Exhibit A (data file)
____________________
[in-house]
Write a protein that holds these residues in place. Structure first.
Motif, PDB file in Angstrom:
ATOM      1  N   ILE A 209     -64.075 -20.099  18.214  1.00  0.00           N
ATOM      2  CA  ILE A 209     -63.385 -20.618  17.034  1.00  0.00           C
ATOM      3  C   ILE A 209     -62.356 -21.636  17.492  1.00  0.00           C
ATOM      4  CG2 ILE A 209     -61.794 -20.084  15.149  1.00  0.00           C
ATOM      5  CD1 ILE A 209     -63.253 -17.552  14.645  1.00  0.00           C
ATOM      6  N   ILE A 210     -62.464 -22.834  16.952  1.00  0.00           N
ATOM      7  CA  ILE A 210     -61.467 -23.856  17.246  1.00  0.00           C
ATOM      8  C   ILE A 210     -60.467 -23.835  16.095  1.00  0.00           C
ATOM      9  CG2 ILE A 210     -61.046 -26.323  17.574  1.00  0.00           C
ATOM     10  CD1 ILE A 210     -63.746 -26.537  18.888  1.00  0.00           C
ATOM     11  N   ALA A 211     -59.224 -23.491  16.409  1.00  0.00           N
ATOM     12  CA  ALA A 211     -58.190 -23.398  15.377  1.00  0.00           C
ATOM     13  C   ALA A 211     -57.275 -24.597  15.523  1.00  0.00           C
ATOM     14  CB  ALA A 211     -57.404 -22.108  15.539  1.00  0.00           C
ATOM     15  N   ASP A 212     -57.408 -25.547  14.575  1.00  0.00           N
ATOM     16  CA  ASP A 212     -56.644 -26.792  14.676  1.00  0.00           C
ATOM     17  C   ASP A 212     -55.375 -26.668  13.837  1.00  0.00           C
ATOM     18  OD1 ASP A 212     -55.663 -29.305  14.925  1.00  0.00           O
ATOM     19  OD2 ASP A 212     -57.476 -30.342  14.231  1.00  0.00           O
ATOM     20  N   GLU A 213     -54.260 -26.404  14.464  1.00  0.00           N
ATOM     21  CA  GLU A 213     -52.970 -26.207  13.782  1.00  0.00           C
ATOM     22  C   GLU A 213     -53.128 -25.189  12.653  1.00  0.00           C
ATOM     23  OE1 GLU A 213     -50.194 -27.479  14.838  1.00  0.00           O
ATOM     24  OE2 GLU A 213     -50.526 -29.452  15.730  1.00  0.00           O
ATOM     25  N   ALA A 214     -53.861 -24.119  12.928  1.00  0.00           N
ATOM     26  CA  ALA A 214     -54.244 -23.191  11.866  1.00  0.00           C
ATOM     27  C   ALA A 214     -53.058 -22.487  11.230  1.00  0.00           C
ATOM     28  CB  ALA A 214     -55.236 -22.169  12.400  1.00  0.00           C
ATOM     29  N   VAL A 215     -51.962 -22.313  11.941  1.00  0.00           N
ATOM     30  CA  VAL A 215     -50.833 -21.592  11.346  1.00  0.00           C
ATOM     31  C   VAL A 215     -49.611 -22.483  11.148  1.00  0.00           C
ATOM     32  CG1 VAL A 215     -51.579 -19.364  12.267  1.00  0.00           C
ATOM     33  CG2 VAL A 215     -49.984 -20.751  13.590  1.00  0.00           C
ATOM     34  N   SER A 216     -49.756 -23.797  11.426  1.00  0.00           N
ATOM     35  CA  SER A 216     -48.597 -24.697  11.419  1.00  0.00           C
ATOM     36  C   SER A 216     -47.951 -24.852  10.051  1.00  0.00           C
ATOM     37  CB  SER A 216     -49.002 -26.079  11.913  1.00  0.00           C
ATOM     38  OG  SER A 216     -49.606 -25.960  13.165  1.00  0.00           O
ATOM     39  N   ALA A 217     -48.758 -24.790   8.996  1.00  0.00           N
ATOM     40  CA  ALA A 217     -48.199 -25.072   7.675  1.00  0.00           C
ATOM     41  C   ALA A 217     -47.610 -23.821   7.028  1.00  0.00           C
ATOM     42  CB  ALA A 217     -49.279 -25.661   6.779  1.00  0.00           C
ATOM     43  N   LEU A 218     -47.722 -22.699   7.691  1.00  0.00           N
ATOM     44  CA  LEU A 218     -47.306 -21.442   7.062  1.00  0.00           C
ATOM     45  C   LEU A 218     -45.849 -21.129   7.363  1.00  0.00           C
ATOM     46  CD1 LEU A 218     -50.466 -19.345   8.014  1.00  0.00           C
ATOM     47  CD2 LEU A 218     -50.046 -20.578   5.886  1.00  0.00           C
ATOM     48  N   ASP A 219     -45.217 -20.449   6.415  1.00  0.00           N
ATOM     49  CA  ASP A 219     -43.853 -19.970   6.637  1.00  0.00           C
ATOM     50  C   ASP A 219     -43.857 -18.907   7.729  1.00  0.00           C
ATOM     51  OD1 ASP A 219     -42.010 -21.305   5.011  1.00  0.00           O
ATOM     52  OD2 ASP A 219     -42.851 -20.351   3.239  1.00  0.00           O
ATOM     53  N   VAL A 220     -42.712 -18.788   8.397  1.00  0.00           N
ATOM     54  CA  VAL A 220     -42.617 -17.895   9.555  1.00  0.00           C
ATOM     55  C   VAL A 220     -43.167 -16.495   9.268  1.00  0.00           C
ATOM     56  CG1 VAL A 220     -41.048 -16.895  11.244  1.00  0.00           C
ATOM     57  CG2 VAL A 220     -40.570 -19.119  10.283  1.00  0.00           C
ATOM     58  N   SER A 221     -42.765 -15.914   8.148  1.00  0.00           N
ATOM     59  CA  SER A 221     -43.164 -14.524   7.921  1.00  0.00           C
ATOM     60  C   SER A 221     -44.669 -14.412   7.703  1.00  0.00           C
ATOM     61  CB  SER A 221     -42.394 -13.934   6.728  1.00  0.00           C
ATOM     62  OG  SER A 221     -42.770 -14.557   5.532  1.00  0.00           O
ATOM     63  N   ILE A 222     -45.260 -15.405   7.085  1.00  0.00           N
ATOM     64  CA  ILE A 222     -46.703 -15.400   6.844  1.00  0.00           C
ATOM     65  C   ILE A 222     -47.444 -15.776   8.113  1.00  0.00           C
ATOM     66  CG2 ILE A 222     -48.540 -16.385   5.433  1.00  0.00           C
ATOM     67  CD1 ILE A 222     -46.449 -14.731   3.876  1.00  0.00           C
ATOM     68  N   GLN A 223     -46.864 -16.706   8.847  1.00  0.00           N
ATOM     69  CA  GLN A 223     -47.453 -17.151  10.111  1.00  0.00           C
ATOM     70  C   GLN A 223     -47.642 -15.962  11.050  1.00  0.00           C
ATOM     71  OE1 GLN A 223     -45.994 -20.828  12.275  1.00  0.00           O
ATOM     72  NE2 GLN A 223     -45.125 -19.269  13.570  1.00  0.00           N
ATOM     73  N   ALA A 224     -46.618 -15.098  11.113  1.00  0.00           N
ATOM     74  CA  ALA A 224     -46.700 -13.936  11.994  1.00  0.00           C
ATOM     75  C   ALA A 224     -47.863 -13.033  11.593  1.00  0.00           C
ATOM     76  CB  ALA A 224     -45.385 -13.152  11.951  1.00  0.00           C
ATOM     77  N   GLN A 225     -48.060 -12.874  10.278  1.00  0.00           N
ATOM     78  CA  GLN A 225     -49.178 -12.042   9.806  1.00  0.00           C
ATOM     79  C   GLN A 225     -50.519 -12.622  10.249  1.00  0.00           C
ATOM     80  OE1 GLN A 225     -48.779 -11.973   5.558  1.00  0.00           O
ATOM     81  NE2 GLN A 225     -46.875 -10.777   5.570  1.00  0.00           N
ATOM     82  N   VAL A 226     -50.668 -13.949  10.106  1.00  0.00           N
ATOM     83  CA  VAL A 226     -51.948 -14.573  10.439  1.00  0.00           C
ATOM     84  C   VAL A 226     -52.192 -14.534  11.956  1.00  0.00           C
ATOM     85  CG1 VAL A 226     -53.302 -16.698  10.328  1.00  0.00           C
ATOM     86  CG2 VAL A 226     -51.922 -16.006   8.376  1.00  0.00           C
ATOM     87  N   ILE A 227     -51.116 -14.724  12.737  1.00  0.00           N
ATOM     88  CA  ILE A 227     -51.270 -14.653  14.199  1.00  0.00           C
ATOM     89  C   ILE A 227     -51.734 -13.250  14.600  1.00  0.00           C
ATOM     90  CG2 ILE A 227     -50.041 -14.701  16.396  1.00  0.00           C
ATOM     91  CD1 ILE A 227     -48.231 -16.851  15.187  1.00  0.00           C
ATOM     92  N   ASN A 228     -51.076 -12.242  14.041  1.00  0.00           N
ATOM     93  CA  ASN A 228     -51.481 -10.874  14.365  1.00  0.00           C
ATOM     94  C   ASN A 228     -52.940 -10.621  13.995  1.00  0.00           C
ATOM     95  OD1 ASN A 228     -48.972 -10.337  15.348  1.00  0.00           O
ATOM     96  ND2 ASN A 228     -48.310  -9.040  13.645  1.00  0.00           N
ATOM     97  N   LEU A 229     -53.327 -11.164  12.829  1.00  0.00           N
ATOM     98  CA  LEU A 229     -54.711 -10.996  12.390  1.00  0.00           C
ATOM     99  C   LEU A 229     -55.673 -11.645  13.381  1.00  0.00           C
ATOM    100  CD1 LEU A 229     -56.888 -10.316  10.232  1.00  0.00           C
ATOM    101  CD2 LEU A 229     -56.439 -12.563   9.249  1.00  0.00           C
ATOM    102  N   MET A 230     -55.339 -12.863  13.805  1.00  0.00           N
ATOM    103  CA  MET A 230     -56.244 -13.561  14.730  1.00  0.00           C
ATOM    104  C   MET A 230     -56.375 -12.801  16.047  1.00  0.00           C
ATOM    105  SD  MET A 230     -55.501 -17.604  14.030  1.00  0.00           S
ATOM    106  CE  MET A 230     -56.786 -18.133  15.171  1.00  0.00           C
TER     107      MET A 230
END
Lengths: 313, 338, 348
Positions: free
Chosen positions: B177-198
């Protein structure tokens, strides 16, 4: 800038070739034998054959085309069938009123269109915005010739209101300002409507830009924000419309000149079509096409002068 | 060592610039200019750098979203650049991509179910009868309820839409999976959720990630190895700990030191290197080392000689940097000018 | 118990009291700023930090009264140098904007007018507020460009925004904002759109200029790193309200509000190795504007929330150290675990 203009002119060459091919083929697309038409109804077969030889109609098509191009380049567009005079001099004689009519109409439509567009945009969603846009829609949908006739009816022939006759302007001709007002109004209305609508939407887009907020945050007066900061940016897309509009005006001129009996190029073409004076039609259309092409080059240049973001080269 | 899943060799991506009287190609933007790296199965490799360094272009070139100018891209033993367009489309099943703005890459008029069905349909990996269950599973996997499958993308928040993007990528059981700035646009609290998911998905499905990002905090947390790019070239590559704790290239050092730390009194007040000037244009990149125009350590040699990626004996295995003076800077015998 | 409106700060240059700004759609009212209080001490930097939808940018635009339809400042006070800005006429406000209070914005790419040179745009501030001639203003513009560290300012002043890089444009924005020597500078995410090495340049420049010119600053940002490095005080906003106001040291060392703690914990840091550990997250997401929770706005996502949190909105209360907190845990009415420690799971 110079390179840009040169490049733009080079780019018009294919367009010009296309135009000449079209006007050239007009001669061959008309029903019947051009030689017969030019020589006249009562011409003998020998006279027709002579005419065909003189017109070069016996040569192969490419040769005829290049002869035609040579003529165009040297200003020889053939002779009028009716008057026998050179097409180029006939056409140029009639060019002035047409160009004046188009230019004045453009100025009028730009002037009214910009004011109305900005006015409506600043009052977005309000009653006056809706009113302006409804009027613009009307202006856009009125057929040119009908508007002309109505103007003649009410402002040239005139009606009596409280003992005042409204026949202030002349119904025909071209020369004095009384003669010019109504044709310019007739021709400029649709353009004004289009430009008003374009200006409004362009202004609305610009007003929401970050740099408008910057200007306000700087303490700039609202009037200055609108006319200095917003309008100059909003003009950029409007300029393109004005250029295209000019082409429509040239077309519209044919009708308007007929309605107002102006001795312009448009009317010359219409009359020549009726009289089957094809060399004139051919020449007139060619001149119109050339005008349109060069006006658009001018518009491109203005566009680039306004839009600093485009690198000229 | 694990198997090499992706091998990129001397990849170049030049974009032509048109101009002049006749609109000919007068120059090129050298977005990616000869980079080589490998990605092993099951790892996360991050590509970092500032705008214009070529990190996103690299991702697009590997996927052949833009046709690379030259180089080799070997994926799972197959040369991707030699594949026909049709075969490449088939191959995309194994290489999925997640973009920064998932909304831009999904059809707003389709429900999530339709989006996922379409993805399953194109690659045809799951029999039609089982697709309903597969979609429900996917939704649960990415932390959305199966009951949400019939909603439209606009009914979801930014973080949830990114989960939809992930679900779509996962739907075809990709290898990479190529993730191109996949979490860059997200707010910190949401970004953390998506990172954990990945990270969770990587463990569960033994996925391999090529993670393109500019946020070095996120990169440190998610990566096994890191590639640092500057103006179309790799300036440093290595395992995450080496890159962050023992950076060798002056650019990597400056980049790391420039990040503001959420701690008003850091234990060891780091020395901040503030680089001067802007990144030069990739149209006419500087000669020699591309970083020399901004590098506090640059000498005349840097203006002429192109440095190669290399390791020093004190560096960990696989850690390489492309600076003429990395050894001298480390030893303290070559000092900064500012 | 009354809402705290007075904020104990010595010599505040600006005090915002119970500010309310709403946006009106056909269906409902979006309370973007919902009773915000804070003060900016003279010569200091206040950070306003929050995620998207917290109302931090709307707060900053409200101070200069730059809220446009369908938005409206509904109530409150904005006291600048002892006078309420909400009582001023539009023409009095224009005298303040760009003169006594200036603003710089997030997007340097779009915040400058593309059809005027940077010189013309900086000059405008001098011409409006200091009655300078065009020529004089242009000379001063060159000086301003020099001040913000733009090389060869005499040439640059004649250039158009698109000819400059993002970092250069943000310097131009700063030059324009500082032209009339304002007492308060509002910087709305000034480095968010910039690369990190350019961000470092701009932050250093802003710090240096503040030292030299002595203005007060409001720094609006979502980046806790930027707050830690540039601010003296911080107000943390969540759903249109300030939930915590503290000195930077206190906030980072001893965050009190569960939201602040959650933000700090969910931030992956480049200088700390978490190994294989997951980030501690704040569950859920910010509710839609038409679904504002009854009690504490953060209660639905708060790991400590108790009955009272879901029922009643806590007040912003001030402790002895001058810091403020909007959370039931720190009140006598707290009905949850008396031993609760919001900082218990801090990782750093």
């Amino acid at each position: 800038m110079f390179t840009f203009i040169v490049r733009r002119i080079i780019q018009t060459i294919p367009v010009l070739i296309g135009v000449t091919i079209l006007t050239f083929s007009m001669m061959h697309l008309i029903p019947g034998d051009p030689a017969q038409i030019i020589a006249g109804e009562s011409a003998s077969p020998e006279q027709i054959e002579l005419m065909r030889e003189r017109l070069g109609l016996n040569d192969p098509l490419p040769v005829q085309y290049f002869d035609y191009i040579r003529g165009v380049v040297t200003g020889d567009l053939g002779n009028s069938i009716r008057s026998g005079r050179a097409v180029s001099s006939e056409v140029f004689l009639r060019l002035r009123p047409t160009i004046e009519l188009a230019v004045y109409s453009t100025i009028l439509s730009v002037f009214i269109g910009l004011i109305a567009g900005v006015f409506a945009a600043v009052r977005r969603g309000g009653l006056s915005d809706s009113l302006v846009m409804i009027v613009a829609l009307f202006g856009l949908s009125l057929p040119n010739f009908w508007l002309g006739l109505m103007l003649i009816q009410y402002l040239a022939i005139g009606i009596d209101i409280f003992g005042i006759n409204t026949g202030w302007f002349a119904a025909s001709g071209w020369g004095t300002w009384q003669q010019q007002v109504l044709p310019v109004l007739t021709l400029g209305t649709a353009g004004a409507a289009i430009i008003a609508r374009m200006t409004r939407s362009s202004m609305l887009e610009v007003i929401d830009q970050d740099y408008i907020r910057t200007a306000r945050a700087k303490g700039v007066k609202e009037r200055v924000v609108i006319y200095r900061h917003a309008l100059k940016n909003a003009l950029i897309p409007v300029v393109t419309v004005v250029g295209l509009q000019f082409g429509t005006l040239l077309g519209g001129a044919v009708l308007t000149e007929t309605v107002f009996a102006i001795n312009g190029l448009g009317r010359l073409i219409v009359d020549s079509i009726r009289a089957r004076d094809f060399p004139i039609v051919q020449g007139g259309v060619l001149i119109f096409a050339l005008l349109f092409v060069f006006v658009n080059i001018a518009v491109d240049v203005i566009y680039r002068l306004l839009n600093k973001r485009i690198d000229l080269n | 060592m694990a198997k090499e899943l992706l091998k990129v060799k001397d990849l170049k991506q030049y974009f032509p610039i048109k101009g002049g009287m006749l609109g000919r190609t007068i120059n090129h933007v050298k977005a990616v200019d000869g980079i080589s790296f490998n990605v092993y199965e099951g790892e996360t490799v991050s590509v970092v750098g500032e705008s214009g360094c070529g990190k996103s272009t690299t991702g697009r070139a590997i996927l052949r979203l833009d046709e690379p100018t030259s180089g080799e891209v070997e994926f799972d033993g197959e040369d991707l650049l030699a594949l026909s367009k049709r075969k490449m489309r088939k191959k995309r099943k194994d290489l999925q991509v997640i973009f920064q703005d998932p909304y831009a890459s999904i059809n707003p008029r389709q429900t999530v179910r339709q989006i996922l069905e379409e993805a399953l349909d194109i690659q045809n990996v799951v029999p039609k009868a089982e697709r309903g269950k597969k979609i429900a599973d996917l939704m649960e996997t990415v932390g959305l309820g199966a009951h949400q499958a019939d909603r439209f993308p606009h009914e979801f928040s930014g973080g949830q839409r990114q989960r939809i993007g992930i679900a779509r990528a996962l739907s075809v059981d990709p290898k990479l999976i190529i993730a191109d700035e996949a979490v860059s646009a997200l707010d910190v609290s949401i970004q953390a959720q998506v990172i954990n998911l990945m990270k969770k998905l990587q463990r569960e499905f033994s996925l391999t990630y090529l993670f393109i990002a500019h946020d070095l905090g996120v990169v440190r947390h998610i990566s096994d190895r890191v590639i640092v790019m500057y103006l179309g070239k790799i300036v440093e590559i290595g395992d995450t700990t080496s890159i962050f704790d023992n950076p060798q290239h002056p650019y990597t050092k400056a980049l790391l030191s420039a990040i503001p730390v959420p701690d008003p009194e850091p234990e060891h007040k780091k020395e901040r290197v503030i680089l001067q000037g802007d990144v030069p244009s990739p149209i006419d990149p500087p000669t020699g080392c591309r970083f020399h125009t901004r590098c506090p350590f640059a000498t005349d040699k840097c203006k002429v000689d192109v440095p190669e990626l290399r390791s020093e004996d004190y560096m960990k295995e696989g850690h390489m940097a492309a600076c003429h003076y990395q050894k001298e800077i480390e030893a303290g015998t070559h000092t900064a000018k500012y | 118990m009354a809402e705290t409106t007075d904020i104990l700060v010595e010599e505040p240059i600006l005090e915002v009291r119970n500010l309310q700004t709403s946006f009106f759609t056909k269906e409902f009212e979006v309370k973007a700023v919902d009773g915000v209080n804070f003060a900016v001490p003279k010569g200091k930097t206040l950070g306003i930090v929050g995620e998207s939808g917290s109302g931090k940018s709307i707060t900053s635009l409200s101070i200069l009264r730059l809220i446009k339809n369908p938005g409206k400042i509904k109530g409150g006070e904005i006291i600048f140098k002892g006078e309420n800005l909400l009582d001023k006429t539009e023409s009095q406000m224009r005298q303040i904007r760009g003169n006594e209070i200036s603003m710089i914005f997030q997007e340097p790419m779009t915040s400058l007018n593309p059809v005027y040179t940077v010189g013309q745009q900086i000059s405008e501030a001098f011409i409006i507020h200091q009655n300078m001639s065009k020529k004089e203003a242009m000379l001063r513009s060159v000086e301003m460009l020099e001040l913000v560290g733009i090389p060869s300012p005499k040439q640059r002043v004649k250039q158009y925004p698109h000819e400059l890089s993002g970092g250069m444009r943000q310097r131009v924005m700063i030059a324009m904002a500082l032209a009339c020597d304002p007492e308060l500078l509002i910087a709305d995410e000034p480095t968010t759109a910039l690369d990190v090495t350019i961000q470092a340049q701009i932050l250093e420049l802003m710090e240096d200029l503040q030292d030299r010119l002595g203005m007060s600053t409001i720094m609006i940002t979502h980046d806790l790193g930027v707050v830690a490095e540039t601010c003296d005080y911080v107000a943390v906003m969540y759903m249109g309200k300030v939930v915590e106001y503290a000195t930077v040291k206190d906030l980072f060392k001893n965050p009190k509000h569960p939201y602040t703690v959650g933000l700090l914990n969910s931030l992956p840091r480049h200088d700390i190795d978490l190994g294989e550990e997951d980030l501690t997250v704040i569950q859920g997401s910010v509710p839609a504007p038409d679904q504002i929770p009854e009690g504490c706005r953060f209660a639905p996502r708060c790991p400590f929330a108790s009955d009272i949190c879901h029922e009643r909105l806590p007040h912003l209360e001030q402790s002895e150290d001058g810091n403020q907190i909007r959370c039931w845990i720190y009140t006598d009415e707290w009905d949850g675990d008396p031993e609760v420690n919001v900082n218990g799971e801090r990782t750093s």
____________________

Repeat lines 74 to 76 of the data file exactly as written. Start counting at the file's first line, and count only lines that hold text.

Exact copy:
ATOM     71  OE1 GLN A 223     -45.994 -20.828  12.275  1.00  0.00           O
ATOM     72  NE2 GLN A 223     -45.125 -19.269  13.570  1.00  0.00           N
ATOM     73  N   ALA A 224     -46.618 -15.098  11.113  1.00  0.00           N